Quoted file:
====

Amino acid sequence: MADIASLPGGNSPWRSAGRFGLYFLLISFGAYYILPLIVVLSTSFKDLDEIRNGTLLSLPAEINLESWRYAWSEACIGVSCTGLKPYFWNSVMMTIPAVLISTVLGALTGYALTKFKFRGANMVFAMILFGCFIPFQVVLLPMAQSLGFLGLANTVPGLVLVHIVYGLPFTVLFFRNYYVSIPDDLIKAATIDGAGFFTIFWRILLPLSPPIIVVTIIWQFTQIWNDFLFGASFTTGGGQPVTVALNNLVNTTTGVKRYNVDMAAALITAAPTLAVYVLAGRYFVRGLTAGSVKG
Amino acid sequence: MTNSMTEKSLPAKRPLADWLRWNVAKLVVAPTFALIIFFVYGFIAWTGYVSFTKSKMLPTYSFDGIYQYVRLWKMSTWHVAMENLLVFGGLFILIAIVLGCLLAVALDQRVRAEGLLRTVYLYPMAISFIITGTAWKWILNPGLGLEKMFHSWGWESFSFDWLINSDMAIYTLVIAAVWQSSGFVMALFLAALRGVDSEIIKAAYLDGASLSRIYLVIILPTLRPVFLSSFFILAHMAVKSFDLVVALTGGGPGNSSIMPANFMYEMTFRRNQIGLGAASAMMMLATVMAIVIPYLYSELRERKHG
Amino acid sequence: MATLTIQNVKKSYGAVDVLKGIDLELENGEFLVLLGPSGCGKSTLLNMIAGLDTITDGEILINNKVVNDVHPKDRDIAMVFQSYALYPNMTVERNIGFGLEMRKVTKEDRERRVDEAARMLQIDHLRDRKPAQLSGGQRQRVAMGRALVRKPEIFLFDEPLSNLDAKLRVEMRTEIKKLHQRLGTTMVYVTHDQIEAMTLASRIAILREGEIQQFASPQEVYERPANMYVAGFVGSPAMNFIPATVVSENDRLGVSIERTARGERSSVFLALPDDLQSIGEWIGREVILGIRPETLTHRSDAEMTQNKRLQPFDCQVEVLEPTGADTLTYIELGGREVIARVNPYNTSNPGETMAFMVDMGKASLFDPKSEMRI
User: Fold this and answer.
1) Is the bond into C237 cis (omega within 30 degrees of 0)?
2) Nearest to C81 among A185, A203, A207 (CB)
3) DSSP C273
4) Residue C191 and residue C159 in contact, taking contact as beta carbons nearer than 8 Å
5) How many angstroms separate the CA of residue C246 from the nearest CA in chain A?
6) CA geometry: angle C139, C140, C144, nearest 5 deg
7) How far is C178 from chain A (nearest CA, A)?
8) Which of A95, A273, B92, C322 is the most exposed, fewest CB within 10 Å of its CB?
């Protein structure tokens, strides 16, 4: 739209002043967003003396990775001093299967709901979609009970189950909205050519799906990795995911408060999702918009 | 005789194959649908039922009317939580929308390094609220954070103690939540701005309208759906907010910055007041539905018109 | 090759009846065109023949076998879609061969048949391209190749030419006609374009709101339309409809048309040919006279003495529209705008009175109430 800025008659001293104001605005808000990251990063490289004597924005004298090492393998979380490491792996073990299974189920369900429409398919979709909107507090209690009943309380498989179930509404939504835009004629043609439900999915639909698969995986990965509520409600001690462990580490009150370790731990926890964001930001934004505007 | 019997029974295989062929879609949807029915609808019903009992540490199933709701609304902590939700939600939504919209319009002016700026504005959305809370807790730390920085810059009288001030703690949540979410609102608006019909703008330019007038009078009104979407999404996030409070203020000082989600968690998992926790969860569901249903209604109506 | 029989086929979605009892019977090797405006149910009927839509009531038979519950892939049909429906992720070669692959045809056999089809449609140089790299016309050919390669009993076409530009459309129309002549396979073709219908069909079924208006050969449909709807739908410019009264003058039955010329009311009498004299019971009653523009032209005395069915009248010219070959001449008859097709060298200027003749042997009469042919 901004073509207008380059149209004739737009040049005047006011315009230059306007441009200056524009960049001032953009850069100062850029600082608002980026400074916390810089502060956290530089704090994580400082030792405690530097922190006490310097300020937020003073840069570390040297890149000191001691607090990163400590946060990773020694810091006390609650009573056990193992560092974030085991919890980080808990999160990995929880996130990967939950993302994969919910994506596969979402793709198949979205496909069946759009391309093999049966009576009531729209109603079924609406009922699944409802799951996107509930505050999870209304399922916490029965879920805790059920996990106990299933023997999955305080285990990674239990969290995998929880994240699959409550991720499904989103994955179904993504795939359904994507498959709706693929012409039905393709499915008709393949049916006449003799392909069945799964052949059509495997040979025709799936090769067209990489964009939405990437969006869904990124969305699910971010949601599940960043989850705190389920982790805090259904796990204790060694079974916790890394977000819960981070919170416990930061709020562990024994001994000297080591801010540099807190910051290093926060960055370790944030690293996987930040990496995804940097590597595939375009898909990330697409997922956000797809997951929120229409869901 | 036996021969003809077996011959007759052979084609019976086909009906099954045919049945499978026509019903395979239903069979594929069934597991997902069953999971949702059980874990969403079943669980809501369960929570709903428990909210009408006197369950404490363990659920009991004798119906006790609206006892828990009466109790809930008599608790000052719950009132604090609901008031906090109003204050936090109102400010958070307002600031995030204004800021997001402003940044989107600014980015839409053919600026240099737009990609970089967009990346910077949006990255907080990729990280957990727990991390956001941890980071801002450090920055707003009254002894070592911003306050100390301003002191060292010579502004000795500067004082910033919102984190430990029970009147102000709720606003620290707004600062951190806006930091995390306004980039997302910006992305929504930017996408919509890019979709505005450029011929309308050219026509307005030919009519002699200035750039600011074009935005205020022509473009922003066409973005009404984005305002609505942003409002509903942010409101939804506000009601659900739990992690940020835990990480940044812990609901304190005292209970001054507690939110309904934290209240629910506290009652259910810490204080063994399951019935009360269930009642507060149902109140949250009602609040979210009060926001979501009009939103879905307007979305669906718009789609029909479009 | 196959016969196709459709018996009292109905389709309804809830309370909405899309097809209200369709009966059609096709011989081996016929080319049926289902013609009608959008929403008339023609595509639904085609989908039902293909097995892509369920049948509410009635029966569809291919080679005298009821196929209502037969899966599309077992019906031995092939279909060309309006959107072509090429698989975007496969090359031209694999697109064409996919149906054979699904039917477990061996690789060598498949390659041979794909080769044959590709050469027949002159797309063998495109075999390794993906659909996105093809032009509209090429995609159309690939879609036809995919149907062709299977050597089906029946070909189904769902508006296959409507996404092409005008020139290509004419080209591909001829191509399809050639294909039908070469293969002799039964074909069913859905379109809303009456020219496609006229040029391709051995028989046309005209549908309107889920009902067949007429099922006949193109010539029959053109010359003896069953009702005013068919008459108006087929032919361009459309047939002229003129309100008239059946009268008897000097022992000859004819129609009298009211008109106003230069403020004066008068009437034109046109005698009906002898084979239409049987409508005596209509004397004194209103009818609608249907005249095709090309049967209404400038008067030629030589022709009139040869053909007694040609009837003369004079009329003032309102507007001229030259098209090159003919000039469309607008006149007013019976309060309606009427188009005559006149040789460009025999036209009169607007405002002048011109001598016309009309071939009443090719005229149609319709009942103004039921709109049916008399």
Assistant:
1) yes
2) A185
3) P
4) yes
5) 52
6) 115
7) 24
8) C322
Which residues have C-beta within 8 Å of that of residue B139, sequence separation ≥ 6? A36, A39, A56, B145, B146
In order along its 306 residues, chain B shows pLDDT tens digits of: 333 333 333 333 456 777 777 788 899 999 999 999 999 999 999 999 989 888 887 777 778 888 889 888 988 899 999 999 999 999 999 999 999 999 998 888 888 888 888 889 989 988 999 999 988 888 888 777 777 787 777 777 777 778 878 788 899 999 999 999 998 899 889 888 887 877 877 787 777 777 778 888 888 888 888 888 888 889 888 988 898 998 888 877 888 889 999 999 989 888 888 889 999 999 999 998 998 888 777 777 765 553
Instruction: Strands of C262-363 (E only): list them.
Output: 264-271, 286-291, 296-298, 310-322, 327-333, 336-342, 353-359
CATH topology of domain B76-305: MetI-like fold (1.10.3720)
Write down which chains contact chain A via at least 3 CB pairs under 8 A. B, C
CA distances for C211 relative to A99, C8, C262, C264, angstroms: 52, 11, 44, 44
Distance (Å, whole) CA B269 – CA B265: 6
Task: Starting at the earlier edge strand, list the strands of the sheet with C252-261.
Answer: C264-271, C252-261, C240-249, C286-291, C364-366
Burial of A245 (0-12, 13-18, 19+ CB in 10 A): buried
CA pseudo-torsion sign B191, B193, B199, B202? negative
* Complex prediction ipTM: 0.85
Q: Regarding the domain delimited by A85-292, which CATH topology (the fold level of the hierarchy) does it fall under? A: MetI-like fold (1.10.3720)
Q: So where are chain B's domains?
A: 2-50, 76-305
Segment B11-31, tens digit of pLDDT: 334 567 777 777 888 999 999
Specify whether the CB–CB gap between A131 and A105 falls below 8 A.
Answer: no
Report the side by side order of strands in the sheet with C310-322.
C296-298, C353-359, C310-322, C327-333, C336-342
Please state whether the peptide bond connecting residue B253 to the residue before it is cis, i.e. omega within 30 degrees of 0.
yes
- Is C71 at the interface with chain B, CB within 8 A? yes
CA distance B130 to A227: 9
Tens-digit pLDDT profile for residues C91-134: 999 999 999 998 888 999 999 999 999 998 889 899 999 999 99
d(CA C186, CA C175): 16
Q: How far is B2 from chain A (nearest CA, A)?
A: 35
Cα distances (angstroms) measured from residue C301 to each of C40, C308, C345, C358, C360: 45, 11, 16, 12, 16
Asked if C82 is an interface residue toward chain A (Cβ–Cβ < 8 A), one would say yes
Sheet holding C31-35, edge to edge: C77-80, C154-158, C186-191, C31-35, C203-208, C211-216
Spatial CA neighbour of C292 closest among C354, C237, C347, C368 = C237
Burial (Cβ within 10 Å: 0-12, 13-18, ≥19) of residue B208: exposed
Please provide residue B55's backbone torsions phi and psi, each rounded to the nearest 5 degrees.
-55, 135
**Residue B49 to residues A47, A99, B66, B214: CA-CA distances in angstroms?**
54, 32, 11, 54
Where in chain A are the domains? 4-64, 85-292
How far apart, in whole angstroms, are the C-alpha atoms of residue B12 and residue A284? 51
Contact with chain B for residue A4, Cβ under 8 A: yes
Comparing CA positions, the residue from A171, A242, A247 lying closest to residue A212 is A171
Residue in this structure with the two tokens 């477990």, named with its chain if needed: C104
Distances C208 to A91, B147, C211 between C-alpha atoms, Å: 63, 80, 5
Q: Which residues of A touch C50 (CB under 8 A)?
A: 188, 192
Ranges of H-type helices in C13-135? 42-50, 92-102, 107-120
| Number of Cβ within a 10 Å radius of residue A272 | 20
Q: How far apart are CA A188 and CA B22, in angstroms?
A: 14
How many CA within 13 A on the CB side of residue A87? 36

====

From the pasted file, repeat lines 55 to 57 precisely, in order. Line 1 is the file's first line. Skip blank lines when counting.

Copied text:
Spatial CA neighbour of C292 closest among C354, C237, C347, C368 = C237
Burial (Cβ within 10 Å: 0-12, 13-18, ≥19) of residue B208: exposed
Please provide residue B55's backbone torsions phi and psi, each rounded to the nearest 5 degrees.